What The NBA Can Teach Us About Mental Health
- Patrick Ewing going to New York via the draft “lottery”.
- Michael Jordan’s “retirement”.
- The “good faith” purchase of the Seattle Supersonics by Oklahoman Clay Bennett.
There are many reasons why fans of the National Basketball Association (NBA) were happy to see former Commissioner David Stern step down and move on to the next phase of his life. For those who care about the example that the league sets for a societal issue such as mental health in the workplace, there’s an even more important reason to be happy with his replacement.
Commissioner Adam Silver told attendees of the most recent MIT Sloan Sports Analytics Conference that many NBA players are unhappy, making a point of acknowledging that professional athletes can suffer from things like “the grind”, self-doubt, and stress just like people from other professions and walks of life.
We’ve said before when talking about celebrities such as Selena Gomez or community figures such as police and firefighters, it’s always positive when someone in a position of influence is willing to broach the subject of mental health in a positive way.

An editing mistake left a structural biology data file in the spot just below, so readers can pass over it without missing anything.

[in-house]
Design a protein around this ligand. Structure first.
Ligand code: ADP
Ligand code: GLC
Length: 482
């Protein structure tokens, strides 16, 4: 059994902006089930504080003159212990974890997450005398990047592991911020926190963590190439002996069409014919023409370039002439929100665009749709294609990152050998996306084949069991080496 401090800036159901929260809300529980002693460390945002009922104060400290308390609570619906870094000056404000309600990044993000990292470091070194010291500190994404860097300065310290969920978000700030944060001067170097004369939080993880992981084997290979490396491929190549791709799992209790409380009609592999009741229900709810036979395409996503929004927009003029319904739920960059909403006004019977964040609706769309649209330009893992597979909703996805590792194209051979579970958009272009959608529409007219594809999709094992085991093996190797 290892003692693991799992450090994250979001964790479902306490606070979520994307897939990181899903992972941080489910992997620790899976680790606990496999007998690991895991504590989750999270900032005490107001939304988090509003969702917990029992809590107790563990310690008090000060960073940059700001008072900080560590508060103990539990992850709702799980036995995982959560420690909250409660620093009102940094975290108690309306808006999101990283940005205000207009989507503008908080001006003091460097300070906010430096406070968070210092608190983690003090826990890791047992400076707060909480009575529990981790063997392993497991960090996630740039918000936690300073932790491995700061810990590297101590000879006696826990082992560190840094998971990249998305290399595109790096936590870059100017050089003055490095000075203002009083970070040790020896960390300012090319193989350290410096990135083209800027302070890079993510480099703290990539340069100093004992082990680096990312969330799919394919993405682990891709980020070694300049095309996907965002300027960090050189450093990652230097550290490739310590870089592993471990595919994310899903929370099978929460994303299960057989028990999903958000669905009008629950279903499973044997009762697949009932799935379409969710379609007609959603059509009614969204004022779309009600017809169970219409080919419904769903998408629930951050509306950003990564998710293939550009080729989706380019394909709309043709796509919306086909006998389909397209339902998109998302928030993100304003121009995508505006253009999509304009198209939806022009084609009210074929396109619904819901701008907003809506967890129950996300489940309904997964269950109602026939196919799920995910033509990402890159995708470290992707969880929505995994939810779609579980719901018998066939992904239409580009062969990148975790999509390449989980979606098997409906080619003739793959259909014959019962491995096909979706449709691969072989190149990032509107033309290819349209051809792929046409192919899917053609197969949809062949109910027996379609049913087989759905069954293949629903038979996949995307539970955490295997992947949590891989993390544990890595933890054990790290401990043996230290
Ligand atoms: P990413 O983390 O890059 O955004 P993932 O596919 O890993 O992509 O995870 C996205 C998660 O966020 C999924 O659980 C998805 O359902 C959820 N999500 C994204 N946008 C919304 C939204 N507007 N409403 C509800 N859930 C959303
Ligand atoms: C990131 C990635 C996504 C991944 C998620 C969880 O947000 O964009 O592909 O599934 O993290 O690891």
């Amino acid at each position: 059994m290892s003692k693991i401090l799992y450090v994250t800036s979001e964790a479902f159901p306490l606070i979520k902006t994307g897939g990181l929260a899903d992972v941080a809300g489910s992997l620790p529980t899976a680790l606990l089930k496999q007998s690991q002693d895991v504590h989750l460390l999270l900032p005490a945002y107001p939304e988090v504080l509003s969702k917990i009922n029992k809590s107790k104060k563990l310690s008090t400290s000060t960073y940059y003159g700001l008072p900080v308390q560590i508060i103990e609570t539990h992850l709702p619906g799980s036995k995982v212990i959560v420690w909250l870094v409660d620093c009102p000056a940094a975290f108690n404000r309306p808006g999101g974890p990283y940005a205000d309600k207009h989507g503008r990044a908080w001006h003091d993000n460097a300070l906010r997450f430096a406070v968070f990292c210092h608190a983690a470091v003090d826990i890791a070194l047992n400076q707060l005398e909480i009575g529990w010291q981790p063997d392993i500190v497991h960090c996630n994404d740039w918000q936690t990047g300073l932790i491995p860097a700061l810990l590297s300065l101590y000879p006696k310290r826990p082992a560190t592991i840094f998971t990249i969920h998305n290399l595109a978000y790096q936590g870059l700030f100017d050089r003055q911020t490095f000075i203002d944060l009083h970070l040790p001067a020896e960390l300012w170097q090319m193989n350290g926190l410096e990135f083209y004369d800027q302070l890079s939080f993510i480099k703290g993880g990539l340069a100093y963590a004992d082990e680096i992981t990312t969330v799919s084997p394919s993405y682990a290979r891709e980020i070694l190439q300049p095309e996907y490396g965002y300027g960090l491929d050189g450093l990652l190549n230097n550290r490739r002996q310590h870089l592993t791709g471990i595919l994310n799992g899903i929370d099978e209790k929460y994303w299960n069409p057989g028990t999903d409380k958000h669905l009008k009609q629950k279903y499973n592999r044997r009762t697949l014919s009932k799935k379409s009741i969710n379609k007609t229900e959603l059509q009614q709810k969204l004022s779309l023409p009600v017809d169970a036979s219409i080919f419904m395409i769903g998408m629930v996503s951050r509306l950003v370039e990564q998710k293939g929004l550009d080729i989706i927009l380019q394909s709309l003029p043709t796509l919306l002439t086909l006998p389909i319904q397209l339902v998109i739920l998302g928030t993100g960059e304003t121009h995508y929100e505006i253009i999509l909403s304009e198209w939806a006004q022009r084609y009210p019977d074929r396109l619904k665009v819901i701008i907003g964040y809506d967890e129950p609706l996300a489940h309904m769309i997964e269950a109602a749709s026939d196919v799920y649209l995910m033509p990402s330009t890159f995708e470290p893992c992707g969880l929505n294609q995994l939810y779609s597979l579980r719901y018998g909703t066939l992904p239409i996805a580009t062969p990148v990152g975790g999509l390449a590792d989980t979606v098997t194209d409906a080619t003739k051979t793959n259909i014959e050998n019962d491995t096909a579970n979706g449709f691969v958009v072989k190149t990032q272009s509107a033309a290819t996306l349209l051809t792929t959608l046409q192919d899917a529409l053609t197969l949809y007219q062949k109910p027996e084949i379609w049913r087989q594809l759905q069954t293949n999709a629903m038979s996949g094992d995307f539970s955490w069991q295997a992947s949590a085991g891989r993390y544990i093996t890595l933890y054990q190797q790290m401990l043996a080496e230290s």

As covered by Andie Burjek of Workforce, Silver said “We are living in a time of anxiety. I think it’s a direct result of social media. A lot of players are unhappy.” Burjek contends that his argument is overly simplistic in blaming social media for more people suffering from depression and anxiety.
Does the sensation of always being “on” and “tethered” that comes with social media and other technology contribute to anxiety for some? Yes, but there has been mental illness for centuries, back when the closest thing to social media was waving at a neighbor or nailing a sign to someone’s door.
However, the angle of social media contributing to unhappiness is worth exploring. Unfortunately, many people only provide a highly controlled look at their lives via social media. They’ll post pictures of their new car, their family looking happy and healthy, and give the impression they have everything together and there is no shortage of smiles. That can cause others viewing their Facebook wall or Instagram feed to feel inadequate; as if they don’t measure up to what they are seeing of their friends and family members on social media.
NBA players and other athletes on social media are exposed to a constant source of criticism, second-guesses, and vitriol based on their performance on the court or the decisions they make off the field. It’s no wonder that could leave them with feelings of self-doubt or anxiety about their performance.
Whether you are an NBA player, a stay-at-home parent or a retiree, you may benefit from occasionally unplugging yourself from social media. And, as always, if you feel like you are anxious or depressed, don’t hesitate to tell your doctor or therapist about how you feel. It’s time to end the stigma surrounding mental health for everyone.